I have been criticised in Turkey a lot for writing in English. They say that I am not a Turkish writer and that I have abandoned my mother tongue. However, this is a 19th century understanding of nation state and nationalism and I will not abide by this. This is the age where people can dream in more than one language, and I love the commute between two languages. And it is not easy for me because English is an acquired language, and yet I love it because I my voice changes, my body language changes. I love the freedom and the cognitive distance. Languages guides us, we do not own them.
On Turkey, diversity and the role of Istanbul in her novels:
Istanbul has always been character of her own. It is a ‘she’ city, and I believe the energy of the city is very feminine. I like to reflect the complexity of Turkey in my novels, because it is extremely important. Tukey is fragmented, it is so fractured and that’s why you need a multiplicity of voices to understand the story better. It should never be a monologue, no matter who is telling a story, there should be an orchestra. Diversity is what we have most in turkey and yet we do not appreciate it nor do we not respect it. Turkey is a multi-ethnic, multilingual and multi –religious empire that turned into a nation’s state, and today we mistrust diversity, and I don’t like that. I think by losing our cosmopolitan heritage and our respect for diversity we have lost a lot in Turkey.
On Today’s world:
It’s very important to understand Turkey now more than ever before because its journey towards a liberal democracy, populist demagogues and the increase of nationalism and isolation, is happening in different countries. But Turkey has been there long before, so we have to take a look at the Turkish case and see the similarities and connections because we are far too globalised to think that what is happening in the US, is an American phenomenon. It is connected to what is happening in Europe, the Middle East, and so we are all in this together.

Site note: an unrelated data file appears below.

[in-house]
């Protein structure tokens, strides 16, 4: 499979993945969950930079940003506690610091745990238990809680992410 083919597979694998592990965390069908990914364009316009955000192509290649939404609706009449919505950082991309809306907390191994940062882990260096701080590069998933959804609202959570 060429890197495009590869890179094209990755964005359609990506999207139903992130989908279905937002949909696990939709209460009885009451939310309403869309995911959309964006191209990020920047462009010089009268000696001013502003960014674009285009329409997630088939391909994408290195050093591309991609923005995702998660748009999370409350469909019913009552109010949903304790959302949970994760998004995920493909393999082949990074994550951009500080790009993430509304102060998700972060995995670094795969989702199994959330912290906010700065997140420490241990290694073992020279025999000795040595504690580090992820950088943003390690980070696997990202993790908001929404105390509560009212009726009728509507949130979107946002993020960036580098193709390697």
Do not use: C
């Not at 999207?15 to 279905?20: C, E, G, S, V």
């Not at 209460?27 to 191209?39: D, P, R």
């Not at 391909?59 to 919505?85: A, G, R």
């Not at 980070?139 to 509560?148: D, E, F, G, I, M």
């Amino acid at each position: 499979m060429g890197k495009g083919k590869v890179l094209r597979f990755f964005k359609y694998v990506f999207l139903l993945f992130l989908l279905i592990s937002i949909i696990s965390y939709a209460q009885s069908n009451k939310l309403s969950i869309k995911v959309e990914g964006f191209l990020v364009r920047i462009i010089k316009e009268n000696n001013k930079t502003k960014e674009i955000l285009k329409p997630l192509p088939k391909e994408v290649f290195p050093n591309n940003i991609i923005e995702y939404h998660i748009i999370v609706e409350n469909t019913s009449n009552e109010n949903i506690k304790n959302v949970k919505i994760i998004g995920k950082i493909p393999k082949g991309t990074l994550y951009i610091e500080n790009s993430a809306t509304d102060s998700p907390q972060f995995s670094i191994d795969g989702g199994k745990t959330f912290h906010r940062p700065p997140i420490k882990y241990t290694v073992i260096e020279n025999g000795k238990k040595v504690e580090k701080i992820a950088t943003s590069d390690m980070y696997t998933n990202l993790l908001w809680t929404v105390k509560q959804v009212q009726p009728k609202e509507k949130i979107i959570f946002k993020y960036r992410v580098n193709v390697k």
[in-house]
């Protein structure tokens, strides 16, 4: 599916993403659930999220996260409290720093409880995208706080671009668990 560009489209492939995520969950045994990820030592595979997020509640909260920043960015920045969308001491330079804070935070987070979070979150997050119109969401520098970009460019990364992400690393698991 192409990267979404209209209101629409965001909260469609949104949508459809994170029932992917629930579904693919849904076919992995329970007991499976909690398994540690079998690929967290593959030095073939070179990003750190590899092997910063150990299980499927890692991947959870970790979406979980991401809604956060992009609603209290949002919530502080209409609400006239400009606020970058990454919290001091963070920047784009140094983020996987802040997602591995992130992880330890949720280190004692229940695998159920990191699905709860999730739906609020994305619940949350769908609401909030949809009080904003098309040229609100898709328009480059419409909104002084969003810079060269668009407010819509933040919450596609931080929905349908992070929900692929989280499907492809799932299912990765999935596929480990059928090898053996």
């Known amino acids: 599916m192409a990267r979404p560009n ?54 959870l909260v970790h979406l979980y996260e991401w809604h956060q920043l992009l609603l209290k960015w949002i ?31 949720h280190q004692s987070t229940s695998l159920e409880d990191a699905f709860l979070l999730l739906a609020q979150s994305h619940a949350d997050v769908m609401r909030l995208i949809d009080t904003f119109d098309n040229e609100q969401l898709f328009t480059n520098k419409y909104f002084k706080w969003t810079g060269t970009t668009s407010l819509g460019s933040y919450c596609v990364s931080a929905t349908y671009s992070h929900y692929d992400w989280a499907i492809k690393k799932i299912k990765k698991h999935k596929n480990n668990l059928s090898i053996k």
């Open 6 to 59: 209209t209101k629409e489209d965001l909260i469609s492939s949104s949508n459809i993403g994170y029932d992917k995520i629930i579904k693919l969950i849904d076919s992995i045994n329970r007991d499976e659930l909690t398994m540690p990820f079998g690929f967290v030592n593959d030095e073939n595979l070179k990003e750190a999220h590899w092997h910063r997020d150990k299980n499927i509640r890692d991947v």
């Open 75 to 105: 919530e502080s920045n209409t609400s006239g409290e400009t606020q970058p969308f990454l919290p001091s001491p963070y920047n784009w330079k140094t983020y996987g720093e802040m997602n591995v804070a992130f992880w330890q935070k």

There have been some horrific attacks from Brussels to Istanbul to Bagdad and in many other parts of the world, but some of the cities have drawn more attention than others and this does not look good through the eyes of the people who do not live in the western part of the world. They are thinking ‘well Europeans do not care about our pain’ and this kind of resentment plays directly into the hands of the extremists. We have to break this vicious circle.
I come from a country where the word feminist is used as a belittling concept or as a swear word. Politicians used the word in a very negative way, so I always feel the need to defend the word. But between feminists, I am also saying that we need to talk about the feminisms, deficiencies, weaknesses and limits especially in the post-Trump world. Why did so many middle class white women vote for Trump? Why are we categorised in so many ways in terms of race, class and religion for example? There are many questions and so many it is time to talk about post-feminism, which is something that embraces the legacy of feminism but wants to launch it forward, we also need to introduce the word ‘sisterhood’ and I think this is the right time to do it.
Written by Tracey Agyeman, February 2017, EWL Programme Assistant